Basic LuRon Guidelines


These are very basic guidelines. They are not meant to cover all the techniques that the NWDA uses, but rather to state the most basic fundamentals of going from raw found wood to finished sculpture.

The goal of the LuRon method is to reveal the inner beauty of the wood itself as it occurred naturally. When shaping the wood into sculptural forms, it is the LuRon tradition to make any changes appear to have occurred naturally.

1. Preliminary cleaning:
Hose off the piece, use a stiff brush, a chisel or screwdriver to remove all loose dirt, bark and rotted material before bringing the piece indoors. Naturally occurring objects may remain in the wood.

2. Shape:
Remove any material that conflicts with main image or design. Use saws, electric grinder, hand or power chisel or heavy rasp.

3. Scrape:
Remove dead cells with router blade scrapers or whatever works for you.

4. Cleaning oils or products:
Use feeding oil or a cleaning product such as Murphy’s soap, or environmentally safe cleaner and water. Continue scraping and repeat until all dead material is removed.

5. Smooth surface:
Smooth surface with increasingly finer grades of sandpaper as needed.

6. Finish:
Create a natural looking finish

7. Presentation:
Overall statement of the sculpture; its artistic appeal, continuity and balance with a good integration of the base and sculpture.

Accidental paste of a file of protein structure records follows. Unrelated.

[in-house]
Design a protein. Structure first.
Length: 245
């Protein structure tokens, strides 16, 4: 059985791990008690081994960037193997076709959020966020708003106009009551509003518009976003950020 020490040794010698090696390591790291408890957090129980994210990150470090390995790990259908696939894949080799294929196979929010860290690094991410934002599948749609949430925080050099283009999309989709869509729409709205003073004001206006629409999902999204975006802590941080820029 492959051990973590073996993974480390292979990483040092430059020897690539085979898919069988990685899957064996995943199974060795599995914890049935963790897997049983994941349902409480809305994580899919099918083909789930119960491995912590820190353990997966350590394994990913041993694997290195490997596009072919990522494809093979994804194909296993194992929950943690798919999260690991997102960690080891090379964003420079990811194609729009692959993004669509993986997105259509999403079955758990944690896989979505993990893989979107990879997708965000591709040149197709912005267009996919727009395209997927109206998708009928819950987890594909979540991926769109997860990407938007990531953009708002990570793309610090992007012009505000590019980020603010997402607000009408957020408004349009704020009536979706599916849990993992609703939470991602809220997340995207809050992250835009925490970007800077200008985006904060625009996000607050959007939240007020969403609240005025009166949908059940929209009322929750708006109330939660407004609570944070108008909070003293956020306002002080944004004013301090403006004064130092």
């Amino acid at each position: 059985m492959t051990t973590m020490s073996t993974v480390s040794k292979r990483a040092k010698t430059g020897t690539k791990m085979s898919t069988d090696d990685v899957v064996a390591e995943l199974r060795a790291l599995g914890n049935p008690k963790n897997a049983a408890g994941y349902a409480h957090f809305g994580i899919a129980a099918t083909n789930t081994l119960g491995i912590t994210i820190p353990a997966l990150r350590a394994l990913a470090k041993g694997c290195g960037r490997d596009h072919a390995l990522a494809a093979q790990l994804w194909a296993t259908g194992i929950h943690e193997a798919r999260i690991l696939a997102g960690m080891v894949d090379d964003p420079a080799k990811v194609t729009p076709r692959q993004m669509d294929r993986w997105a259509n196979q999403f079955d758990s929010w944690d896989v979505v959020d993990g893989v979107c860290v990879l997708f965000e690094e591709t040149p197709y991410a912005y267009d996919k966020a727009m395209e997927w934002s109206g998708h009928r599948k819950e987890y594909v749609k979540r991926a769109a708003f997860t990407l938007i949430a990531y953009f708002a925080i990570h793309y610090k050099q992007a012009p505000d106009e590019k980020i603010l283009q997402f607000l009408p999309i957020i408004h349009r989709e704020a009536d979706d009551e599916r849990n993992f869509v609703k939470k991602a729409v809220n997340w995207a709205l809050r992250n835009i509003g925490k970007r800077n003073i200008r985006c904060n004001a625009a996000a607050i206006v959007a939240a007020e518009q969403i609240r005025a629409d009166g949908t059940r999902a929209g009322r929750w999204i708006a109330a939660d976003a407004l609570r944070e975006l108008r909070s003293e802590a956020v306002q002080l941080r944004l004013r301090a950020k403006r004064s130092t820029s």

Additional clarifying notes:

In Driftwood Sculpture, the artist tries to bring out the design that is inherent in the wood. We do not carve specific details or add anything to it such as eyes, feathers, feet, etc. That is one of the differences between a carving and a sculpture. A woodcarving’s main emphasis is on mood, expression, balance, design movement and form. Each piece is unique. It cannot be copied.

We do carve, but our tradition is to make the sculpture look like it was created by nature.

Another specific requirement of the LuRon method is the finish. We do not like our sculptures to have a hard surface finish that reflects the light as shellac or varnish that gives too high a gloss. We try for a soft finish that gives depth to the wood, the hand-rubbed look of fine furniture.

The sculpture itself should be the main focus of any mounting. No visible, extraneous or distracting attachments such as screws, nails, glue, etc.

In following the LuRon method: No foreign objects (except those that are naturally occurring. No obvious carving although shaping is fine. The sculpture must be carefully cleaned with no tool marks or scratches. The finish must be soft and natural looking.

Our Teachers Manual encourages us “to do as little or as much as we wish toward changing the original form.” We are encouraged to open up areas, enhance focal points, eliminate unnecessary wood and shape “with gusto.” Each individual is challenged to become a “seer” and bring out the hidden grace and beauty of their wood.

Arline De Palma